One of the books we are all awaiting eargerly is Charles Solomon's upcoming Disney Lost and Found: Exploring the Hidden Artwork from Never-Produced Animation due out in June. Charles was kind enough to answer a few questions for the Disney History blog.
Didier Ghez: You wrote The Disney that Never Was a few years back. Will Disney Lost and Found be a "Disney That Never Was - Volume 2"?
Charles Solomon: Disney Lost and Found is more of a companion book than a Volume 2. The format is different and there are more illustrations and less text.
DG: Why did you decide to work on that book? Can you run us through the genesis of that project?
CS: Ken Shue of Disney's publishing arm and Lella Smith of the Animation Research Library had begun the book, then asked me to come in and help with it. They had discovered some interesting new artwork that hadn't come to light when I was writing "Never Was."
DG: What is the most exciting material you have unearthed for Disney Lost and Found?
CS: I was excited to find the earlier versions of The Rescuers. Various artists had told me that the story went gone through two entirely different incarnations before they created the final version. I didn't think any artwork from the earlier stories still existed. The first, which was presented to Walt, stuck close to the original book: Bernard, Bianca and a mouse named Nils rescue a poet from a grim fortress-prison. The second version was a musical involving a singing bear and a crooked penguin in the local zoo who knew Penny before she was taken away. All that remains of that scenario in the finished film is the brief walk Bernard and Bianca take through the zoo at night.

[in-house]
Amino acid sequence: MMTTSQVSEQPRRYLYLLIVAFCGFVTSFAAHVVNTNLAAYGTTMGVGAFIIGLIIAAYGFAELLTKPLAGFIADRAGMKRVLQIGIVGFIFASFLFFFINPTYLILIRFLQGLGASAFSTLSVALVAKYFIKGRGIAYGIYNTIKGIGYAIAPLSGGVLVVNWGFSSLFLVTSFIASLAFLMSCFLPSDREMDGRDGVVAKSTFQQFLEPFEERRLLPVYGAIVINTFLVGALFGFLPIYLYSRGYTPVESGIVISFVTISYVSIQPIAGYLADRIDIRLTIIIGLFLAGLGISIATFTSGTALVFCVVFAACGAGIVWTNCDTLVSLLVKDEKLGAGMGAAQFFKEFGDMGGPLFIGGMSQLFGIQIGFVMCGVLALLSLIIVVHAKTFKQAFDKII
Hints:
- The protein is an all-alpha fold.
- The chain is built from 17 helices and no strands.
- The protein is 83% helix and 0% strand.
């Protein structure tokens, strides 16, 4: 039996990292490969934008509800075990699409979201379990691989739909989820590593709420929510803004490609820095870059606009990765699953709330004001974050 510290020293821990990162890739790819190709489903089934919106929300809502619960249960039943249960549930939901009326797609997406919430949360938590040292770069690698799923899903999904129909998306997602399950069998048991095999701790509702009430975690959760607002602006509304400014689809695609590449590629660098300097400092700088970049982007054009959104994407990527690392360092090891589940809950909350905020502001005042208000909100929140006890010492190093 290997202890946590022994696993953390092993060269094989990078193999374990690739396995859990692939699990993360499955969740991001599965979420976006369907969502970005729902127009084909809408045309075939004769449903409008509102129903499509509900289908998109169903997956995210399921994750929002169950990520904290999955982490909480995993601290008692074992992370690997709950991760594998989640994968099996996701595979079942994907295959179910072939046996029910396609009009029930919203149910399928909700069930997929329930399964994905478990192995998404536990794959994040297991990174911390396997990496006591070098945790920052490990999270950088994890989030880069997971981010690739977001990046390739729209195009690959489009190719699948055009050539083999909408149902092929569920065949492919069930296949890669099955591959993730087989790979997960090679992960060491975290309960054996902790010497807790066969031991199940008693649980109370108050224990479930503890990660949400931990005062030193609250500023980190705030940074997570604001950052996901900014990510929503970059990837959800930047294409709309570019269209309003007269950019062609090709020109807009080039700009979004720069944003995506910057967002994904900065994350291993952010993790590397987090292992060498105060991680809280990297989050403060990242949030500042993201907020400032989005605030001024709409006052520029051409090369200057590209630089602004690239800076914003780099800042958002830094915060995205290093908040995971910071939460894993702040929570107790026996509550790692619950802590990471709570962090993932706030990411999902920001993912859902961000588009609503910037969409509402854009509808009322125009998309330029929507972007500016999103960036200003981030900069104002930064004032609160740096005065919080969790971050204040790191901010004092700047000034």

DG: To create your did you conduct a whole new set of interviews with former Disney artists?
CS: Unfortunately, many of the artists are no longer with us. But some of the younger people, including Burny Mattinson and Andreas Deja, were very helpful. And in other cases, I could draw on interviews I'd done previously.
DG: As Disney historians and enthusiasts, can we expect any "revelations" or surprises in this book?
CS: I think you'll find a few surprises--did you know they considered bringing back Cruella DeVil in another film?
DG: What are the main chapters of the book?
CS: It's divided into three sections: one on "Visions Lost and Found," from various films going back to Snow White, then sections on two recent projects: Wild Life and My Peoples.
DG: Even after having written The Disney that Never Was and Disney Lost and Found, do you think there is still a lot of hidden artwork from never-produced animation to be discovered?
CS: The ARL remains an Ali Baba's cave of treasures. And while some of the material is decades old, there are very talented artists at the studio who continue to produce extraordinary work. Paul Felix's original sketches for Tarzan were so beautiful, Peter Schneider moved the project from TV to Features. I love Dick Kelsey's sketches for Hiawatha and anything that Hans Bacher drew…the list goes on and on.